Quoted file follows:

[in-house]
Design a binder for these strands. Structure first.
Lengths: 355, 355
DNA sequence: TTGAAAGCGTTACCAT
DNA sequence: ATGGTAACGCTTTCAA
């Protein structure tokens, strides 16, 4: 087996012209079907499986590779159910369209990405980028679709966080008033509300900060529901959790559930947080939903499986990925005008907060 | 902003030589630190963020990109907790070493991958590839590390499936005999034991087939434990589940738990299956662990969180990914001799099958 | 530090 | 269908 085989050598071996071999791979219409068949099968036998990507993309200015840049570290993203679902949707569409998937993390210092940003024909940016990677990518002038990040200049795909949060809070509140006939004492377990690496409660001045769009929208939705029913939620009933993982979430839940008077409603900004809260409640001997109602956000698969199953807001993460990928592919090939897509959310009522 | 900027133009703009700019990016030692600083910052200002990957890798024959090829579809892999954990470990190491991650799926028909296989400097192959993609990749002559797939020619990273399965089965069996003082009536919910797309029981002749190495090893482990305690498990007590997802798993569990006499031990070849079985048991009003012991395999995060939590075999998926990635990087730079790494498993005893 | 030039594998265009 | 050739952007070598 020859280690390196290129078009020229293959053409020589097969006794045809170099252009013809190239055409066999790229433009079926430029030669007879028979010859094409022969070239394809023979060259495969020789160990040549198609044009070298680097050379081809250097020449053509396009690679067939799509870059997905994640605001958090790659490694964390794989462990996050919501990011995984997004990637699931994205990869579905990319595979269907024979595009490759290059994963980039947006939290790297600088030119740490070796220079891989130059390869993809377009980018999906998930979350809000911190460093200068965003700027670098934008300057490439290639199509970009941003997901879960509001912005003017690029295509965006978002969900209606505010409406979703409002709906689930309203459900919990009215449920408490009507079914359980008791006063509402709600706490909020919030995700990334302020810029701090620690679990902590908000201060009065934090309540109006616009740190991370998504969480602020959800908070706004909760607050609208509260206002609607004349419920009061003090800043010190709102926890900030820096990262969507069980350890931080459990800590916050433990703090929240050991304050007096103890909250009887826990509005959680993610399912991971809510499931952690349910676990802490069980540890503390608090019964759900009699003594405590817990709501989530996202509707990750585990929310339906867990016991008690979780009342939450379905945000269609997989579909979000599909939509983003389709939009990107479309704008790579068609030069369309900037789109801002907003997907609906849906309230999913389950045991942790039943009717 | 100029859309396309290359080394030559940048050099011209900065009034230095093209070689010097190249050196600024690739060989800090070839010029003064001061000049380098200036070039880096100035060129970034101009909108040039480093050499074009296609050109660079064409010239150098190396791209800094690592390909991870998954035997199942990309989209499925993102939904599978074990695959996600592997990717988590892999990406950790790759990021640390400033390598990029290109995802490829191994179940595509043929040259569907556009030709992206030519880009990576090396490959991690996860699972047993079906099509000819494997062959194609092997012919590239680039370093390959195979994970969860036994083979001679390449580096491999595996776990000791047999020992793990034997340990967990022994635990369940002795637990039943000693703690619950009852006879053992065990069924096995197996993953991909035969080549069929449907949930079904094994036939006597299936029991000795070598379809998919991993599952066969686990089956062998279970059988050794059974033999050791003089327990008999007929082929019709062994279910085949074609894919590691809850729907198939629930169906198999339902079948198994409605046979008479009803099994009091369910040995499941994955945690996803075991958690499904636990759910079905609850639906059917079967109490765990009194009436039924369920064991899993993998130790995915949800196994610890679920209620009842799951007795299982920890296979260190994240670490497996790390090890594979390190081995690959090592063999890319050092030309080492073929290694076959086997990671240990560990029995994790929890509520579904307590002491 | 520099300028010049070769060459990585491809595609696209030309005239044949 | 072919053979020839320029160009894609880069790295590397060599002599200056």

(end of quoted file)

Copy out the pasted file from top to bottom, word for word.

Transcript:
[in-house]
Design a binder for these strands. Structure first.
Lengths: 355, 355
DNA sequence: TTGAAAGCGTTACCAT
DNA sequence: ATGGTAACGCTTTCAA
């Protein structure tokens, strides 16, 4: 087996012209079907499986590779159910369209990405980028679709966080008033509300900060529901959790559930947080939903499986990925005008907060 | 902003030589630190963020990109907790070493991958590839590390499936005999034991087939434990589940738990299956662990969180990914001799099958 | 530090 | 269908 085989050598071996071999791979219409068949099968036998990507993309200015840049570290993203679902949707569409998937993390210092940003024909940016990677990518002038990040200049795909949060809070509140006939004492377990690496409660001045769009929208939705029913939620009933993982979430839940008077409603900004809260409640001997109602956000698969199953807001993460990928592919090939897509959310009522 | 900027133009703009700019990016030692600083910052200002990957890798024959090829579809892999954990470990190491991650799926028909296989400097192959993609990749002559797939020619990273399965089965069996003082009536919910797309029981002749190495090893482990305690498990007590997802798993569990006499031990070849079985048991009003012991395999995060939590075999998926990635990087730079790494498993005893 | 030039594998265009 | 050739952007070598 020859280690390196290129078009020229293959053409020589097969006794045809170099252009013809190239055409066999790229433009079926430029030669007879028979010859094409022969070239394809023979060259495969020789160990040549198609044009070298680097050379081809250097020449053509396009690679067939799509870059997905994640605001958090790659490694964390794989462990996050919501990011995984997004990637699931994205990869579905990319595979269907024979595009490759290059994963980039947006939290790297600088030119740490070796220079891989130059390869993809377009980018999906998930979350809000911190460093200068965003700027670098934008300057490439290639199509970009941003997901879960509001912005003017690029295509965006978002969900209606505010409406979703409002709906689930309203459900919990009215449920408490009507079914359980008791006063509402709600706490909020919030995700990334302020810029701090620690679990902590908000201060009065934090309540109006616009740190991370998504969480602020959800908070706004909760607050609208509260206002609607004349419920009061003090800043010190709102926890900030820096990262969507069980350890931080459990800590916050433990703090929240050991304050007096103890909250009887826990509005959680993610399912991971809510499931952690349910676990802490069980540890503390608090019964759900009699003594405590817990709501989530996202509707990750585990929310339906867990016991008690979780009342939450379905945000269609997989579909979000599909939509983003389709939009990107479309704008790579068609030069369309900037789109801002907003997907609906849906309230999913389950045991942790039943009717 | 100029859309396309290359080394030559940048050099011209900065009034230095093209070689010097190249050196600024690739060989800090070839010029003064001061000049380098200036070039880096100035060129970034101009909108040039480093050499074009296609050109660079064409010239150098190396791209800094690592390909991870998954035997199942990309989209499925993102939904599978074990695959996600592997990717988590892999990406950790790759990021640390400033390598990029290109995802490829191994179940595509043929040259569907556009030709992206030519880009990576090396490959991690996860699972047993079906099509000819494997062959194609092997012919590239680039370093390959195979994970969860036994083979001679390449580096491999595996776990000791047999020992793990034997340990967990022994635990369940002795637990039943000693703690619950009852006879053992065990069924096995197996993953991909035969080549069929449907949930079904094994036939006597299936029991000795070598379809998919991993599952066969686990089956062998279970059988050794059974033999050791003089327990008999007929082929019709062994279910085949074609894919590691809850729907198939629930169906198999339902079948198994409605046979008479009803099994009091369910040995499941994955945690996803075991958690499904636990759910079905609850639906059917079967109490765990009194009436039924369920064991899993993998130790995915949800196994610890679920209620009842799951007795299982920890296979260190994240670490497996790390090890594979390190081995690959090592063999890319050092030309080492073929290694076959086997990671240990560990029995994790929890509520579904307590002491 | 520099300028010049070769060459990585491809595609696209030309005239044949 | 072919053979020839320029160009894609880069790295590397060599002599200056």